When a young woman turned up at Mr Gilson’s fishmongers on New Bond Street asking if he would cash a cheque for her master, the Earl of Bective, he readily agreed. Despite the cheque being for the princely sum of £79 (about £5,000 in today’s money) the earl was a regular customer, and Gilson didn’t want to offend him. He handed over the money and his accountant presented the cheque at the Hanover Square branch of the London and County bank, where his account was.
Unfortunately, the cheque (which was from the National Provident Bank of England, St. Marylebone Branch) bounced, there was no such account he was told. Gilson soon discovered that the signature was a forgery and contacted the police. The case was given to Inspector Peel of the Detective Department (G Division) to investigate and within a few days he had arrested two suspects and was looking for a third.
The two men were presented at the Clerkenwell Police court on the penultimate day of June 1878 and some of the details of the case were disclosed. The court heard that George Farrell, a financial agent living in Leatherhead, and George Hopper, who had been working in Hatton Garden, had met in prison. Both had received a ‘ticket-of-leave’ (early release or parole) and had continued their friendship on the outside.
Prison was (and is) a well-established hatchery for criminal activity; thieves learn from each other and plots and dodges are designed behind bars if men are allowed to associate with one another. This was one of the reasons that the Victorian prison system favoured the silent regime since it was supposed to prevent all communication between convicts.
Hopfer had stolen a blank cheque from his employers, Mendlestam & Co. button manufacturers, of Ely Place, Hatton Garden and it was he who had forged the earl’s signature and had written out the cheque. He was picked up first and detectives were sent to track down Farrell. Detective Wakefield’s enquiries led him to a pub in Leatherhead where he found the fugitive. Farrell turned violent and attempted to escape him but with the help of the local police he was secured and brought back to London.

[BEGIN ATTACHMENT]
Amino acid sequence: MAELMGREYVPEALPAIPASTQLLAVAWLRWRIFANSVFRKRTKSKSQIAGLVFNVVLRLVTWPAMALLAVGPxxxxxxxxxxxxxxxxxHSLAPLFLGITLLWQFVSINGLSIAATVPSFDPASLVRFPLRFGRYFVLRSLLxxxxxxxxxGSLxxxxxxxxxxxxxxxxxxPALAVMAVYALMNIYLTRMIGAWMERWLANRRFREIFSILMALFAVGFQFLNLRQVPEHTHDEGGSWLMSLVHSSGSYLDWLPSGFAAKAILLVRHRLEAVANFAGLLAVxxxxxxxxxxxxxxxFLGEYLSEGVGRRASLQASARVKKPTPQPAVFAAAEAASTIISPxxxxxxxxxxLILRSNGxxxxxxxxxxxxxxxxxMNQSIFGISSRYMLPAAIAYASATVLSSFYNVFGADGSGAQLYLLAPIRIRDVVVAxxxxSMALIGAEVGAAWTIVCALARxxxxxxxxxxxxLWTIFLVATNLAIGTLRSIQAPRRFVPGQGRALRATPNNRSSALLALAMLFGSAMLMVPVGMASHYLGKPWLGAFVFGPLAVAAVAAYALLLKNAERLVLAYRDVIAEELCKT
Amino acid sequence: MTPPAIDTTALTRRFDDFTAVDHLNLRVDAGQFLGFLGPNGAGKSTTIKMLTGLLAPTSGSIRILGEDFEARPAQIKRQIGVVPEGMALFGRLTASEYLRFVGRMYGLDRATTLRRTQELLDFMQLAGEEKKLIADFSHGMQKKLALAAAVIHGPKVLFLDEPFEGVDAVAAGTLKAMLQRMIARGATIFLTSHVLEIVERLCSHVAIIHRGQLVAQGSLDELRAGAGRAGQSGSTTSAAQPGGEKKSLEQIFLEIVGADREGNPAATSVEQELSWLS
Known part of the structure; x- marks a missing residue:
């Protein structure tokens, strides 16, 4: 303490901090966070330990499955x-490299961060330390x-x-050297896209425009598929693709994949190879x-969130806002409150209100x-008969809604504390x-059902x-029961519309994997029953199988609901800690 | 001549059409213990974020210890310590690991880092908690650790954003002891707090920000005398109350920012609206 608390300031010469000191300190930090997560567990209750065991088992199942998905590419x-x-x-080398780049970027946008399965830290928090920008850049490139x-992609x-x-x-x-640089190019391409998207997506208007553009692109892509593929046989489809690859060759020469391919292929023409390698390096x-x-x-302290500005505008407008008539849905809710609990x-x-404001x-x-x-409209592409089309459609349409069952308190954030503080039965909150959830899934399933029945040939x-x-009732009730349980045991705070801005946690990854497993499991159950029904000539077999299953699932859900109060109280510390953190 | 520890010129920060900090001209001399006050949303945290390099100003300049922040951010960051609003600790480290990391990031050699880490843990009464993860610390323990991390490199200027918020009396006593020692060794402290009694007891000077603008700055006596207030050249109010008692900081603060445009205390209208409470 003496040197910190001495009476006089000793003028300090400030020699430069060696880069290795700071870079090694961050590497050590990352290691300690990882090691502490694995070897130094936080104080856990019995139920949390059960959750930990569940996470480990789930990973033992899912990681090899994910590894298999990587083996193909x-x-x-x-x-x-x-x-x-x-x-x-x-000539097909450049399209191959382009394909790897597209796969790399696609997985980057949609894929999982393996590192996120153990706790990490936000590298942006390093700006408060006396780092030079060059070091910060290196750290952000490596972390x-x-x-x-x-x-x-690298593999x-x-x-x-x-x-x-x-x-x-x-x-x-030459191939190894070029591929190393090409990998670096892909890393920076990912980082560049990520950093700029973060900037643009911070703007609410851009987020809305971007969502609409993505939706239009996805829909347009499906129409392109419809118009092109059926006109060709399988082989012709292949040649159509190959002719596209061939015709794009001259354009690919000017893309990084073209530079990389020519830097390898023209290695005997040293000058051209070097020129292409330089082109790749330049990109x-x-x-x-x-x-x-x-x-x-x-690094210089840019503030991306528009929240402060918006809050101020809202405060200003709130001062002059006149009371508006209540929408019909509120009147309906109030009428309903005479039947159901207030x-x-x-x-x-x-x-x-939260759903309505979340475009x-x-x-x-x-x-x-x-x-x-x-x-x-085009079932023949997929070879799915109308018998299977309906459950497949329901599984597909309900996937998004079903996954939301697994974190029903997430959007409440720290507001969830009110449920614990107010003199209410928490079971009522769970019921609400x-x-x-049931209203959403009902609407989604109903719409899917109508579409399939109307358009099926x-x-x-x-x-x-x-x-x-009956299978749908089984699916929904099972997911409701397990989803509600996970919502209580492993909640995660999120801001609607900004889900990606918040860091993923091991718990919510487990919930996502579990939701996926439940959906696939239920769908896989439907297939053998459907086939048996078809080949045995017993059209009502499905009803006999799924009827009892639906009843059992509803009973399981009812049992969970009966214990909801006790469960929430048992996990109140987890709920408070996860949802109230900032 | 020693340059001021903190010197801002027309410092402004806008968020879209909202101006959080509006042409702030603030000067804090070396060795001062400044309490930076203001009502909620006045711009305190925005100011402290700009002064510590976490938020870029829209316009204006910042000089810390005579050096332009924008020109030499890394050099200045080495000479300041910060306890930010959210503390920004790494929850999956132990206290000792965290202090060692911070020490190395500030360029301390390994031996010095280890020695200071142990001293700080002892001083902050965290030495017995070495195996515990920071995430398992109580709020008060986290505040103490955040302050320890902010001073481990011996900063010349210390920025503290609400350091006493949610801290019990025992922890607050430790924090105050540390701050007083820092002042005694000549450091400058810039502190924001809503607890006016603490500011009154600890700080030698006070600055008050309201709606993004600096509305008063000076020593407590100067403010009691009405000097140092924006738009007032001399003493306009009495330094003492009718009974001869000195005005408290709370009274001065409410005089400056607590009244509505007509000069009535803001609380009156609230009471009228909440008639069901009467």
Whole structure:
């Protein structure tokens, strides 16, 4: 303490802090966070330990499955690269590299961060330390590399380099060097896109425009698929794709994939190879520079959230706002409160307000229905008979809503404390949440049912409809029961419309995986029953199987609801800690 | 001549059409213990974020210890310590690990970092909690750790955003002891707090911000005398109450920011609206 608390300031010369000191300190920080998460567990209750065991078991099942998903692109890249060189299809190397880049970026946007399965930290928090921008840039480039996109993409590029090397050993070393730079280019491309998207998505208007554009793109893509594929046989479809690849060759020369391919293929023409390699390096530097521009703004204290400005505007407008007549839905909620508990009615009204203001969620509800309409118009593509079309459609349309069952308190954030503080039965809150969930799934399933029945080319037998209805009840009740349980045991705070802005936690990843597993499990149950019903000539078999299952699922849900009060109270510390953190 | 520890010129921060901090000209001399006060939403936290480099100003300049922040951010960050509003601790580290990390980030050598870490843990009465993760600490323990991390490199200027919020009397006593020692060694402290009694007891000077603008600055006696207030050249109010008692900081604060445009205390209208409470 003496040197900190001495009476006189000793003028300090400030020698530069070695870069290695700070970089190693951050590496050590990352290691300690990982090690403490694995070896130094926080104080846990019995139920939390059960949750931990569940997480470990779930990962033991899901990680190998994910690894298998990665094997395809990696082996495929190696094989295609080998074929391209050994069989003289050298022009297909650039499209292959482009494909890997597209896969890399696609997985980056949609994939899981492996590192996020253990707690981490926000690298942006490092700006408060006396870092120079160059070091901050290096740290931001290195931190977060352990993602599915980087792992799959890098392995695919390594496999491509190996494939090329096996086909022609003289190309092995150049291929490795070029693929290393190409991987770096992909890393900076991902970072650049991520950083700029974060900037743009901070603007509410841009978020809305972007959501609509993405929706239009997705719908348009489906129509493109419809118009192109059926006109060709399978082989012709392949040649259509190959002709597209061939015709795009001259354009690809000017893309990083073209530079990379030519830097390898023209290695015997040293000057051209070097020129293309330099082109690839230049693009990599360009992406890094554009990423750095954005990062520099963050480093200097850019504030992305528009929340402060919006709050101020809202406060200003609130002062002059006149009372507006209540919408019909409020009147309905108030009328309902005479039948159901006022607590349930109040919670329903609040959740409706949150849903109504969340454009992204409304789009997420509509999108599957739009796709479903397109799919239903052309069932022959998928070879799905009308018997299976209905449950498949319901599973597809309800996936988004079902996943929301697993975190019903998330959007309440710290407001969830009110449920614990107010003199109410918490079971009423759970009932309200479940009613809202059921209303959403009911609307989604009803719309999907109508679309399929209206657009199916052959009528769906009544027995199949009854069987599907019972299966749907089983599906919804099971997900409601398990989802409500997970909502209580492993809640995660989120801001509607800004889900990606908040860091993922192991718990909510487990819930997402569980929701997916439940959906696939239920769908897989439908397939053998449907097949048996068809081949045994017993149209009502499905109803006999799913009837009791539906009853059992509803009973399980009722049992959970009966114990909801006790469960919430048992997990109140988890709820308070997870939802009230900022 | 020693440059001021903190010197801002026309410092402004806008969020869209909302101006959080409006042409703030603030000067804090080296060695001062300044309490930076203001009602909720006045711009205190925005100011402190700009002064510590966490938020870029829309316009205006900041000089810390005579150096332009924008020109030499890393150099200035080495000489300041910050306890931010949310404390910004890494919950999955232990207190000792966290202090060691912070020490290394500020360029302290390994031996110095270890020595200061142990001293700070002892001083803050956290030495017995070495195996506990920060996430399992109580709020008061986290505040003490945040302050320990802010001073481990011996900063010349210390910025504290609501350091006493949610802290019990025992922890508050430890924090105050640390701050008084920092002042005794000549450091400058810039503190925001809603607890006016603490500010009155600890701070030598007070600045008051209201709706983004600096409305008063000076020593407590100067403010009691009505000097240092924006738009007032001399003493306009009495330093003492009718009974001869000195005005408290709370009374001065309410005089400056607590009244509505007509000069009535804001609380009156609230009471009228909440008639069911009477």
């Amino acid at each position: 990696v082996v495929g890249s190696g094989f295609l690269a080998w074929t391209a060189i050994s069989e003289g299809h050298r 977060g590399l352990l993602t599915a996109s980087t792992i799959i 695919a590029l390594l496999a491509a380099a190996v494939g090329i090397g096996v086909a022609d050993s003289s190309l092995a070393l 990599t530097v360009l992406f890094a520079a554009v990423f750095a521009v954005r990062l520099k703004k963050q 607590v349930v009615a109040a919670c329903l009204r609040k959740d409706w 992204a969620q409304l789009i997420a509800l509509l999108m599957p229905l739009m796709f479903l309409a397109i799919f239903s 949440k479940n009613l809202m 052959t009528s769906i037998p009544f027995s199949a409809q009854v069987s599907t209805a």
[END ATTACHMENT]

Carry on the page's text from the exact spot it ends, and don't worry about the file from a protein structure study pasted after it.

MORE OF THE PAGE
Farrell’s lodgings were searched and the police found a number of pawn tickets ‘relating to valuable gold articles, diamond rings’ and clothes. They also found two bills of exchange, one for £115, the other for £50, both drawn by Farrell and ‘made payable and accepted by Mr Hatfield Thomas, of 36 Royal Exchange’.
Both men were remanded for further enquiries and the case came to the Old Bailey in August 1878. The duo’s names were given as Hopper and Farrow, not Hopfer and Farrell and there were few other minor differences, but it is the same case. A number of other frauds were cited but the evidence against both men was weak and the jury acquitted them. The police weren’t able to catch the mysterious servant woman who presented the cheque to the fishmonger, and seems to have done a similar task for the gang in other frauds.
Unable to get Farrow for the deception the police were able to bring up his previous conviction. He admitted being convicted of forgery and uttering in 1871 and so the judge sent him back to prison, this time for 10 years of penal servitude for the offence of receiving the blank cheques (found at his lodgings) from Hopper.
Farrow was born in 1846 and first came up at the Old Bailey in 1871 when he was 25. When he was given a ticket of leave he had served 6 years of a 7 year stretch. He came out of prison on the 30 April 1877 and was back inside by August 1878. He next touches the records in 1901 when he is recorded as having died, in Ipswich at the age of just 55. The prison system was unforgiving, both in its capacity to render convicts unable to find legitimate work on release, and in physically breaking the men and women who were incarcerated.
[from The Morning Post – Monday 1 July 1878]